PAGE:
If you’re one of the 10% of women who suffer from endometriosis, or simply experience severe period pain, these gentle yoga postures from Lily Silverton may be able to help…
You know the feeling, it’s that time of the month and you’re doubled over in pain, wanting nothing more than a hot water bottle and your bed. Now imagine that all the time, combined with a host of other painful symptoms including digestive complications and severe exhaustion. For the 1.5 million women in the UK who suffer from endometriosis this is their life.
Endometriosis is a chronic inflammatory condition where the uterine lining grows outside of the uterus. Each month these cells break down and bleed (as they would normally in your womb during a period), but they have no way of escaping, and so cause internal inflammation, scar tissue, and cysts.
It is thought to affect 10% of women worldwide, and for many of them the associated pain is intense and debilitating, affecting both relationships and careers.
While yoga is by no means a cure for endometriosis (sadly one hasn’t yet been found at all), the practice has been highlighted as a potential aid to help alleviate symptoms. A recent study in the Journal of Alternative and Complimentary Medicine found that yoga not only helped endometriosis patients with chronic pelvic pain, but also improved their overall quality of life.
This was the experience of Jessica Duffin, from This Endo Life, who came to it in 2016. “Yoga helps reduce my pain levels, and really soothes me,” she explains. “It’s quite distressing being in pain, and yoga feels so comforting in that moment. I also find it really reduces my stress levels in general, eases my anxiety and alleviates my depression. If I do an hour of gentle yoga when I’m in pain, I usually find it’s dramatically reduced by the end, and I’m so relaxed I’m able to go back to sleep (I tend to come on at night) or rest.”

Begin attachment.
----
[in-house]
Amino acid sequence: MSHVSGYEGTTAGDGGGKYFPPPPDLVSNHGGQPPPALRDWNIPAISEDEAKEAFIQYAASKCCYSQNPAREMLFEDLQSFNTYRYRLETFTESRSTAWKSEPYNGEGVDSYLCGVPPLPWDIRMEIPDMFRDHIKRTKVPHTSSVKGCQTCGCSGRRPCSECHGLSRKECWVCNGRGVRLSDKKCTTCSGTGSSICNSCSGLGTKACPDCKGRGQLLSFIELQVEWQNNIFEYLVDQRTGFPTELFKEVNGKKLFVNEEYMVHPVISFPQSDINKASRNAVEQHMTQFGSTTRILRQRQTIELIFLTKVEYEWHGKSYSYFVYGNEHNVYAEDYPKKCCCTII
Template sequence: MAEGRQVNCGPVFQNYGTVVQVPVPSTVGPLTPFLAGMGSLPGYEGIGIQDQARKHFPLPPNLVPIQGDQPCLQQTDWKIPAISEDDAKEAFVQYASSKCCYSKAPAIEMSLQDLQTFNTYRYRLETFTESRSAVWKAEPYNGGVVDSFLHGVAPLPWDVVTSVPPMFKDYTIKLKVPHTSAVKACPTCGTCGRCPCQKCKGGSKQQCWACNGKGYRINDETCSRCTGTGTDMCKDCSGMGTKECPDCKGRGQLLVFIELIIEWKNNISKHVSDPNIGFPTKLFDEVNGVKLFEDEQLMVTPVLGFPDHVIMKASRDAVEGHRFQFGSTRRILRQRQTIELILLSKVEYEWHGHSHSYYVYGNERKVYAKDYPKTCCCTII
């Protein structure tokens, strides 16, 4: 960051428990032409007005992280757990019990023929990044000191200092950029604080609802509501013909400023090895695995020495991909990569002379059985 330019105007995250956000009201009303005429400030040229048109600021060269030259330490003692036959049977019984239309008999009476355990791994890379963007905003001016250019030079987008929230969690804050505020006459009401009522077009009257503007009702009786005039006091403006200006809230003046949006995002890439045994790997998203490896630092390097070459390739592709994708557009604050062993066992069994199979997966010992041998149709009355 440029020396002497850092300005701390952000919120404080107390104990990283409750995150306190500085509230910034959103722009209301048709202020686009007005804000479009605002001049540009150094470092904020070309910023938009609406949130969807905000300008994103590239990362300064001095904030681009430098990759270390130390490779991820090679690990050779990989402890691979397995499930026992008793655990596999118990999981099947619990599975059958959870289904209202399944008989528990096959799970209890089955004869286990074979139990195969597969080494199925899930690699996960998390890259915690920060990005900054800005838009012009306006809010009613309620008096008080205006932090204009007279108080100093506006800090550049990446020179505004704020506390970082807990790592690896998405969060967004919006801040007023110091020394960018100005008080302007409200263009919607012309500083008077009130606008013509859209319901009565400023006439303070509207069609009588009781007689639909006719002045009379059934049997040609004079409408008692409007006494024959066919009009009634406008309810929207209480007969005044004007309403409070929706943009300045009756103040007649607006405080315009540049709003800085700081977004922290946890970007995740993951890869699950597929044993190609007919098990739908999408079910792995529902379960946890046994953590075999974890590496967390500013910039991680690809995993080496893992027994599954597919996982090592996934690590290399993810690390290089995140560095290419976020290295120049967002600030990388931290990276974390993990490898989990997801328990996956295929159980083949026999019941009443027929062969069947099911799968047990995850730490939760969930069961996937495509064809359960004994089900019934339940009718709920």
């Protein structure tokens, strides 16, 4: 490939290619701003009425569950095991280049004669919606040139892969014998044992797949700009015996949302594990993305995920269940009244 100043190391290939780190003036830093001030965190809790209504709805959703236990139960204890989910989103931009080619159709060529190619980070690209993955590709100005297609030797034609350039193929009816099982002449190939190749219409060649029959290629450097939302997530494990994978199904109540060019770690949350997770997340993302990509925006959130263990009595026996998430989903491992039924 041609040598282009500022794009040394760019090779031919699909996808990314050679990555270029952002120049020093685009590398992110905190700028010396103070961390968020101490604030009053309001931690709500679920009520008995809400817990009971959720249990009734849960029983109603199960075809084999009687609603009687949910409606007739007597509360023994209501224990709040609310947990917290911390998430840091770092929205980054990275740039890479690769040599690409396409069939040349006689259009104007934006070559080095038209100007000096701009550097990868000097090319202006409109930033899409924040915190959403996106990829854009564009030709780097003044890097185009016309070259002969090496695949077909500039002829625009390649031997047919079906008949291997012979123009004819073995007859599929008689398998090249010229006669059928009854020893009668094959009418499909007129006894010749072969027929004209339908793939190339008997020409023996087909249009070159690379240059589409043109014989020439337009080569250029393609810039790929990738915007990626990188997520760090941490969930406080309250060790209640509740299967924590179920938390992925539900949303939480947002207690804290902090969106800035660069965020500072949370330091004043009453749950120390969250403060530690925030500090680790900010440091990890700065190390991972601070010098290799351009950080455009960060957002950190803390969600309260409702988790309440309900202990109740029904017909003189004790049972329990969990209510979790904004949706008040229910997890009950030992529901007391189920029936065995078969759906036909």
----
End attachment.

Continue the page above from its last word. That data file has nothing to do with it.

Below is a sequence of restorative/yin poses for those suffering from endometriosis and period pain. The postures, though technically simple, can have a profound effect on the body and mind, helping to relieve pain, reduce discomfort, and promote feelings of relaxation. It’s a gentle and slow series, designed to nourish and enrich. Spend time in each pose, letting go, listening and feeling into the body. Working in this way you begin to access the deeper, subtler layers, including internal scar tissue.
You could do the entire series, or just try one or two postures. The photographs don’t include props, however I would strongly recommend using pillows, bolsters, blankets, and anything else you have to hand to help support and cocoon yourself. Remember, you should never experience pain due to a yoga pose – listen closely to your body and if you experience any then come out.
Deep Abdominal Breathing
This breath is deeply restorative for the nervous system, helping to calm anxiety and reduce pain. It also increases blood flow to the organs, to support healing.
Directions: Lie down in savasana with the arms by the side or with the hands resting on the belly. On your inhale let the abdomen fill with air so that it swells like a balloon, and on the exhale let it release back down. After a few breaths like this, begin to fill not just the abdomen but also the chest and lungs, all the way up to the collarbones encouraging the breath into the front, back, and sides of the body. On the exhale release. Breathe like this for 3-5 minutes.